PPSS. For the record, I know without a doubt that the mother of the Sleepover Kids doesn’t read Kendrie’s journal, which is the only reason I wrote that update for everyone to read. There have been times I’ve censored myself on this site with regard to content (and language --- Goodness knows I censor this trucker mouth of mine in every update!) because I knew friends, both local and long-distance, would know what or who I was talking about. But that mom barely knows us (which is why I was surprised she would even let her kids stay here overnight) and to my knowledge, she doesn’t even know Kendrie had cancer. So I felt pretty safe blabbing about how ill-behaved her kids were. And if you’ve followed this site at all, you KNOW my kids are ill-behaved most of the time, so that was just par for the course, no big news flash there.

Saturday, July 01, 2006


Kendrie -- Day 197 OT

Blaine -- Five weeks since radiation ended; nine more ‘til we find out if it worked. (But he has gone back to work, half days, which I think is good for everyone. Especially his co-workers, who are probably sick and tired of picking up his slack.)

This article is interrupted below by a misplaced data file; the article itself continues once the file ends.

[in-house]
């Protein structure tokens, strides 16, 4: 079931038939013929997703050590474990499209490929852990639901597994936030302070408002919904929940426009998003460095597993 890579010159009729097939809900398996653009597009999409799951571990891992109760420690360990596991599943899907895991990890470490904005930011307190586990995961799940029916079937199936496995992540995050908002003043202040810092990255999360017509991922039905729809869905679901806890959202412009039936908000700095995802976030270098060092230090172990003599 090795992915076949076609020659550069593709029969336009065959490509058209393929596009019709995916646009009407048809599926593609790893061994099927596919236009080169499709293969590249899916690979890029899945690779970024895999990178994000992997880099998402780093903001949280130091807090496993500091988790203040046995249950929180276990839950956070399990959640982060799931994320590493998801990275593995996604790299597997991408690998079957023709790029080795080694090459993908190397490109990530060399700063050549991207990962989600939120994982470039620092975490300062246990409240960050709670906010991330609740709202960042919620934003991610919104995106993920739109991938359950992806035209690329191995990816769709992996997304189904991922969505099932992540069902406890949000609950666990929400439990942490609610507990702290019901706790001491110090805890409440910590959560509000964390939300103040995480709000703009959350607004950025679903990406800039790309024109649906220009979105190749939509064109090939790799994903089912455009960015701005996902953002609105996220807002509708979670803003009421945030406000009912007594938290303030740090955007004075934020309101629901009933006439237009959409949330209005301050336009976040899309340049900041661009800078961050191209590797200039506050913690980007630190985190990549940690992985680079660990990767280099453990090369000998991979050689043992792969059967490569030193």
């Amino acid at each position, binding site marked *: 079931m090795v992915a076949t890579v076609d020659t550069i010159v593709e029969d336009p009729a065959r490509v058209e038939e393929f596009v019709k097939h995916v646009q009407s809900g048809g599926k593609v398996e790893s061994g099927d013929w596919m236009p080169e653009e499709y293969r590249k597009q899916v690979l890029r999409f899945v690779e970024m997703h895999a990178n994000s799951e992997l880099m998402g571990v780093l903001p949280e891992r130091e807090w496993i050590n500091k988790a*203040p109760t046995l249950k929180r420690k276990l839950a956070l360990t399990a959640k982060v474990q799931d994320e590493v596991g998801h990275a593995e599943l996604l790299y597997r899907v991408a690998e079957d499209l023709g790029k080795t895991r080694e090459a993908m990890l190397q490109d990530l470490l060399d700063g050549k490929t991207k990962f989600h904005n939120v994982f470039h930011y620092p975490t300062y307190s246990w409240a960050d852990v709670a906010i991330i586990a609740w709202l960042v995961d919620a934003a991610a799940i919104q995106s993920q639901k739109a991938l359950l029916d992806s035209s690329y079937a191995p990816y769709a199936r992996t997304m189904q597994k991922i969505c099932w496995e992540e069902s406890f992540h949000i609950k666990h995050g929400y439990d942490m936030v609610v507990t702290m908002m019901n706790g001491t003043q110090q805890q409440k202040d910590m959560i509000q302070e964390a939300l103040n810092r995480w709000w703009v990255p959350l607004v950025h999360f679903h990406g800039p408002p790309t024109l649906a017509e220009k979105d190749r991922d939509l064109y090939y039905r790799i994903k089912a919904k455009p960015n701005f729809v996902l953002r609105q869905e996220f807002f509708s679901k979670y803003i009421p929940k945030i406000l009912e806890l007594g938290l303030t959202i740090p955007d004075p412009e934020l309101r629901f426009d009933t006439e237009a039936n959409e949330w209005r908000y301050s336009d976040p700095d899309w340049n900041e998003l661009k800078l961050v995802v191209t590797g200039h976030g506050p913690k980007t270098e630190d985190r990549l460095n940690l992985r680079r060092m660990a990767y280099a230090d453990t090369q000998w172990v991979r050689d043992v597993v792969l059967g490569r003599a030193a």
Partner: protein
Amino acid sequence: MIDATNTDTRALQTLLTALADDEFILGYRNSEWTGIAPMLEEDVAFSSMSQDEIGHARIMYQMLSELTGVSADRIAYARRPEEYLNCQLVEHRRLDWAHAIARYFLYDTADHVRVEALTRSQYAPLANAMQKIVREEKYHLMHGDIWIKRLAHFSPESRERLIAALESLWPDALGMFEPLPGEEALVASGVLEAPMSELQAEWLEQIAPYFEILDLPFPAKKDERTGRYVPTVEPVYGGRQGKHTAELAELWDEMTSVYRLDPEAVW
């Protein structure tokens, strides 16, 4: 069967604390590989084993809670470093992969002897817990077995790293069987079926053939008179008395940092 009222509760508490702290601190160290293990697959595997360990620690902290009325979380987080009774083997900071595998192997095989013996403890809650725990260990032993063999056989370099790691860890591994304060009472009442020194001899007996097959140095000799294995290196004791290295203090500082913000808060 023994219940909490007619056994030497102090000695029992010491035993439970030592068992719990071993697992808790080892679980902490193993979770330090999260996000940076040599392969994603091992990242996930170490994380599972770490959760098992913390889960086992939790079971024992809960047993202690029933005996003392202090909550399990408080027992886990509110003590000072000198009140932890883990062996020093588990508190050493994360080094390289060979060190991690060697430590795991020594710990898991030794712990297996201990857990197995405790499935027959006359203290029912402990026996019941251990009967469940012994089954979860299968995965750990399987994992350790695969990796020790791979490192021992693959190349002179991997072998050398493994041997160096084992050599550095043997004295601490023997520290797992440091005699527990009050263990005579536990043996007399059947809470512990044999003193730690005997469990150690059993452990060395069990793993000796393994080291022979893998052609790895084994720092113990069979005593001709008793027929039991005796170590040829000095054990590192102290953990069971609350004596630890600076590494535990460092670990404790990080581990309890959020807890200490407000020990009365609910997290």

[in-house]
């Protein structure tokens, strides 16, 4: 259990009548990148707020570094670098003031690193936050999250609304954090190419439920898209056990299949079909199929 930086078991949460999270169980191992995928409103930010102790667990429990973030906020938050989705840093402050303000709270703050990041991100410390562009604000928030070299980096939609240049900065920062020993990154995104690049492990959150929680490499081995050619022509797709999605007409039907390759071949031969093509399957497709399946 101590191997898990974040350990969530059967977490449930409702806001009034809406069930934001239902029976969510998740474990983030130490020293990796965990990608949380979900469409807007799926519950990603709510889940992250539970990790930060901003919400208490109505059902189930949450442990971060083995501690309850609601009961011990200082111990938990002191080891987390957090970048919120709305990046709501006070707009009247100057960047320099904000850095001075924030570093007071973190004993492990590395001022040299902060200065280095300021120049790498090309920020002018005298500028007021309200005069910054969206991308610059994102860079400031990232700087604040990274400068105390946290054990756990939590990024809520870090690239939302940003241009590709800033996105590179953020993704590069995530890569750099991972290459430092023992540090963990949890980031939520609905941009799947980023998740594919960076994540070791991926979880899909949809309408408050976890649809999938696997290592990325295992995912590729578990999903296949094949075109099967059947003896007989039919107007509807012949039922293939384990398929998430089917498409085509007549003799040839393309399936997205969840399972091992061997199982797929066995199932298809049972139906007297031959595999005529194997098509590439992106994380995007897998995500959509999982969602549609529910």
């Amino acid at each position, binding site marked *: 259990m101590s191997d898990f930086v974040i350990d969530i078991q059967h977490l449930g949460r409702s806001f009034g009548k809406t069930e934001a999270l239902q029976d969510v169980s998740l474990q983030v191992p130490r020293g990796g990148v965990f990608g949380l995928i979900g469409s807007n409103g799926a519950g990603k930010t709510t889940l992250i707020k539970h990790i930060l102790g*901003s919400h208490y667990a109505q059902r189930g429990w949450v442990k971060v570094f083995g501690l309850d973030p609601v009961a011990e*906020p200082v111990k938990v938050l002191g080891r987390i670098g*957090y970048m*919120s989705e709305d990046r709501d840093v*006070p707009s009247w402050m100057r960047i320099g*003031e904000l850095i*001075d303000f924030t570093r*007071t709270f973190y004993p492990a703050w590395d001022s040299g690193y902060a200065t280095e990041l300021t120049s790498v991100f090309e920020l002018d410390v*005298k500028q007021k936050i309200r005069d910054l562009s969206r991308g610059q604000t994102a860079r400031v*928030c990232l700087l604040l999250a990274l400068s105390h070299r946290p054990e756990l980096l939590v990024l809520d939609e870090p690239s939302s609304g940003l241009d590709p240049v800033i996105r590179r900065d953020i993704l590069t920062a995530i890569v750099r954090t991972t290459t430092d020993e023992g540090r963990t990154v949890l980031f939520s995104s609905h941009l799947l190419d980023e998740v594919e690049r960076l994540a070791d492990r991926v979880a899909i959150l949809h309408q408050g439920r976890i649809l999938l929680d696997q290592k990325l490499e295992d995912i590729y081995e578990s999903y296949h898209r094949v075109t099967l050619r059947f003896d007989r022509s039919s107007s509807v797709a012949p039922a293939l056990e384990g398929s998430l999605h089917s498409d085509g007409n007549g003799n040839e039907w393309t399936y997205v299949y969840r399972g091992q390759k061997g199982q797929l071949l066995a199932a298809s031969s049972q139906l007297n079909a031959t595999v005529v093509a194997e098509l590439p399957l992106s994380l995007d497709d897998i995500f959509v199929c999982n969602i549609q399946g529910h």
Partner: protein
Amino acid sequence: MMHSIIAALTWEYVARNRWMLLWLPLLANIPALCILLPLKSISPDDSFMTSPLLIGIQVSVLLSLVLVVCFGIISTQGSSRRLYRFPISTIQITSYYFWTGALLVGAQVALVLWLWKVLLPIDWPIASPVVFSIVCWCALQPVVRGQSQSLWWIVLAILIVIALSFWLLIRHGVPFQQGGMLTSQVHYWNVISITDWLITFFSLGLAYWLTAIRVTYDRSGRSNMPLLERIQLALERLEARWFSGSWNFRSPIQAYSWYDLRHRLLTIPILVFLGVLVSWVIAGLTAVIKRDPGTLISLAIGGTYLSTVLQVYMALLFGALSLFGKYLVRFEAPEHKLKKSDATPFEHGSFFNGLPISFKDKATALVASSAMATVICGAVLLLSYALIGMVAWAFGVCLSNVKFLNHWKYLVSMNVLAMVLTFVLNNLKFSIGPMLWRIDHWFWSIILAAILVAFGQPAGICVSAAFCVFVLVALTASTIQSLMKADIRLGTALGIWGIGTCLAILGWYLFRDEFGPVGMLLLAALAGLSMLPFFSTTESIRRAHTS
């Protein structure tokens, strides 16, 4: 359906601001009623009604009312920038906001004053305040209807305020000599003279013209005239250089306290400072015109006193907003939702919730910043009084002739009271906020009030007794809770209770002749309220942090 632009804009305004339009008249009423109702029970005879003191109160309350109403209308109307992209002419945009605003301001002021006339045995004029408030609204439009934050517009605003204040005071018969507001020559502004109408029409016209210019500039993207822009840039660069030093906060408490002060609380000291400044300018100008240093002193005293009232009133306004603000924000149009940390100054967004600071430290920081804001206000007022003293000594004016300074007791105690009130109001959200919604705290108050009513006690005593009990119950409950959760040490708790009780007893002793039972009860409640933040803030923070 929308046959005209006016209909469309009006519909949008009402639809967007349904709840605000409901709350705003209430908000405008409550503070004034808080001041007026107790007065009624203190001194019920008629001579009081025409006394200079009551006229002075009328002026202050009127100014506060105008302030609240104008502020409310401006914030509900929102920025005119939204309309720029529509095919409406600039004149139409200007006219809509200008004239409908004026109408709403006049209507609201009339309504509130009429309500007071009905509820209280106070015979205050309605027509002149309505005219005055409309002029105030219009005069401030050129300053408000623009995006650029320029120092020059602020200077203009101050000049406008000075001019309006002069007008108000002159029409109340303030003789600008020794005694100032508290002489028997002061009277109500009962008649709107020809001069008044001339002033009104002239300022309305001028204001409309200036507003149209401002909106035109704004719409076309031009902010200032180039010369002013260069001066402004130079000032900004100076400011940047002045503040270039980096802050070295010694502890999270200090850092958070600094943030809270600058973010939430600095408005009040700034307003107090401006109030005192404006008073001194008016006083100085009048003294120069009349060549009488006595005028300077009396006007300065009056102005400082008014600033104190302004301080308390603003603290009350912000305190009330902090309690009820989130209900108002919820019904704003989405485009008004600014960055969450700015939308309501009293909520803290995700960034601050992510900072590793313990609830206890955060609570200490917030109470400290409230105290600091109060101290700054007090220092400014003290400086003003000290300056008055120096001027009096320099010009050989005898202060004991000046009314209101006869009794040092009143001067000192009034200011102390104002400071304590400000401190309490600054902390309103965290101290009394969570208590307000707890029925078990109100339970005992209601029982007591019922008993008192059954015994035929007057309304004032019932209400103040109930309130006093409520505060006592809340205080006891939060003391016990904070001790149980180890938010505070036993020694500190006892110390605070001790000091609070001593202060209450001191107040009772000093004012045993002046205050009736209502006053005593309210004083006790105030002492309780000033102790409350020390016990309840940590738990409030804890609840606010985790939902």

OK, so, by the above title, “The Fun House”, I’m sure you are expecting some entertaining, amusing story about the wacky, madcap anecdotes of life in the Escoe house. You know, about how we’re all having fun, fun, fun, all the time. So much fun we can hardly stand it. So much fun I constantly say to myself, “Wow! I can’t wait to tell the Internet about THIS!”

You would be sadly mistaken.

Because the sub-title to this journal entry is: “The Never Ending Sleep-Over”

Now, to give you a little history, growing up, my parents were by no means wealthy. We didn’t have a swimming pool or tennis court in our backyard. We didn’t have a pinball machine (although I always wanted one) an X-box, or a PlayStation, or a Nintendo. If I wanted to play a rousing game of Pong or Pacman or Frogger (or my personal favorite, Galaga) I had to march myself to the local arcade. The closest we came to a video game at our house was the electronic memory game, Simon. Although I did love me some Simon.